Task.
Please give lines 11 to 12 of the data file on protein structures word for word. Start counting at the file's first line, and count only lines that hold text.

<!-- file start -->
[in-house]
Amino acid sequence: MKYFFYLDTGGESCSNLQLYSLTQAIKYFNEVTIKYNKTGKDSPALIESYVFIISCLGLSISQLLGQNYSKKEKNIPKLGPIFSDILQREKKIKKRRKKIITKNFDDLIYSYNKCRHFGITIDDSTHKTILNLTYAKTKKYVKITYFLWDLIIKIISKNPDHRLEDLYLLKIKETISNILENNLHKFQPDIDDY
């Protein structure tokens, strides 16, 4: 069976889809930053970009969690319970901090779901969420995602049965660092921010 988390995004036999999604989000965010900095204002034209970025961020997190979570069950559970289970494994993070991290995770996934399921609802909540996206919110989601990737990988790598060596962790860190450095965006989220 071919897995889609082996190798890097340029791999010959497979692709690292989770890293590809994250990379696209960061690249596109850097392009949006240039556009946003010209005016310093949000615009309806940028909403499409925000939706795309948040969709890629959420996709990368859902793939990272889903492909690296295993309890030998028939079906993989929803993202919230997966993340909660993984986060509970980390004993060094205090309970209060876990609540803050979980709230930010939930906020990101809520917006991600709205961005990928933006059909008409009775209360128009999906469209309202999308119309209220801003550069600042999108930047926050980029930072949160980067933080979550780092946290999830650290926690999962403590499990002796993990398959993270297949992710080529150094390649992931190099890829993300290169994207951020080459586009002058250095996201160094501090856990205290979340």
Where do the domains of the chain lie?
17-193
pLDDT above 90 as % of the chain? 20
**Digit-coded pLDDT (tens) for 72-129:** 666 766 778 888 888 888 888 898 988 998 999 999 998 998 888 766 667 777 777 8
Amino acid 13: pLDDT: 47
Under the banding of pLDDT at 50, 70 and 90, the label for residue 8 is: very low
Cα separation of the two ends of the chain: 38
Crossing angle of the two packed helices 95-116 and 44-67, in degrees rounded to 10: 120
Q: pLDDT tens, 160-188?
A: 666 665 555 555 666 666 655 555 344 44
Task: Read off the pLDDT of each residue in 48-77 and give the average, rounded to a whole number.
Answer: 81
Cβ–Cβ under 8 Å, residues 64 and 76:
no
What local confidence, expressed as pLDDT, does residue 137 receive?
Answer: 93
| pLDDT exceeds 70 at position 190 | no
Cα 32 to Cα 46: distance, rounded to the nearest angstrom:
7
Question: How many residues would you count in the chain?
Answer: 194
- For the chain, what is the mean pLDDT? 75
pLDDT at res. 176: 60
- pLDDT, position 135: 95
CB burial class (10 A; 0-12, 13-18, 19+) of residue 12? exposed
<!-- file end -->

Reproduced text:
Crossing angle of the two packed helices 95-116 and 44-67, in degrees rounded to 10: 120
Q: pLDDT tens, 160-188?